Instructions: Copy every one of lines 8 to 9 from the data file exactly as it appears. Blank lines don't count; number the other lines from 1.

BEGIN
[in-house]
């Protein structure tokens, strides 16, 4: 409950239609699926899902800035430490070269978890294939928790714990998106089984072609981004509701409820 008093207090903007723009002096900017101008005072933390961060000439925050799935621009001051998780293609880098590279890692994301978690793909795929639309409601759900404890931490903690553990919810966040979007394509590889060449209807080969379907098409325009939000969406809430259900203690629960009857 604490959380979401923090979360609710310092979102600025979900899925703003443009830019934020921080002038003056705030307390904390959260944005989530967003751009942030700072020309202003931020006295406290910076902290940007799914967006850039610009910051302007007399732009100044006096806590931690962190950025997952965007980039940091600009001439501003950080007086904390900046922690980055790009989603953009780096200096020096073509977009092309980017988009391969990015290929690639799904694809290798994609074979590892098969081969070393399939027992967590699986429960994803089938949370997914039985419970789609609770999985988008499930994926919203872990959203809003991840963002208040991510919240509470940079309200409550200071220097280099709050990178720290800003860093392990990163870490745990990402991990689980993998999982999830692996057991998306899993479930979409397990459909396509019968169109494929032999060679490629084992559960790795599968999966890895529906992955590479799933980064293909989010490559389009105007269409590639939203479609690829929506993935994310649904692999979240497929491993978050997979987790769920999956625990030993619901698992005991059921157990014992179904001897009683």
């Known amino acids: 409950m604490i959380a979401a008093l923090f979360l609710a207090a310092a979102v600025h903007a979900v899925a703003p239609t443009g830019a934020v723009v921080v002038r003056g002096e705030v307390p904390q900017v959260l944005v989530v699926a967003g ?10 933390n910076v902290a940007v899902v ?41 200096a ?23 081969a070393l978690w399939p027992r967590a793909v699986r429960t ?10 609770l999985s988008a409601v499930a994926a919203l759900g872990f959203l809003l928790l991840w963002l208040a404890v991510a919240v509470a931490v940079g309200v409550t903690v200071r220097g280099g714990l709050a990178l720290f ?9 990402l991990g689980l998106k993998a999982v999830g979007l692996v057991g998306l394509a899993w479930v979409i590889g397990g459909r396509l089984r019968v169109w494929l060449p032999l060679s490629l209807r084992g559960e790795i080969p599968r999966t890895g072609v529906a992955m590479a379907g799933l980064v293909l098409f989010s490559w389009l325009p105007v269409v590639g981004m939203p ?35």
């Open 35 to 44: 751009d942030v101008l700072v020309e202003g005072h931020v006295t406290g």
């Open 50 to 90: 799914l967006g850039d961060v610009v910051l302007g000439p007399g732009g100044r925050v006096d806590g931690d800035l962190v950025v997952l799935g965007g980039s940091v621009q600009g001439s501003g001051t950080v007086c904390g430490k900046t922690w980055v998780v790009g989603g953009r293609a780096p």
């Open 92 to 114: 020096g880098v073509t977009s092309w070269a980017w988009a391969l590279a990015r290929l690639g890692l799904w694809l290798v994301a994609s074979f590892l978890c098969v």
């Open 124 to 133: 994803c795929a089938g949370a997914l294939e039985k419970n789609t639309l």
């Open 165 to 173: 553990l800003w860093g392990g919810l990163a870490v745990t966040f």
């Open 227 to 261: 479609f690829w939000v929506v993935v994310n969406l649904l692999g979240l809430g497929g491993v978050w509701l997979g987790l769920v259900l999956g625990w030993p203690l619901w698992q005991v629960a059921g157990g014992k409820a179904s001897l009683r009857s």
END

């Open 165 to 173: 553990l800003w860093g392990g919810l990163a870490v745990t966040f």
């Open 227 to 261: 479609f690829w939000v929506v993935v994310n969406l649904l692999g979240l809430g497929g491993v978050w509701l997979g987790l769920v259900l999956g625990w030993p203690l619901w698992q005991v629960a059921g157990g014992k409820a179904s001897l009683r009857s």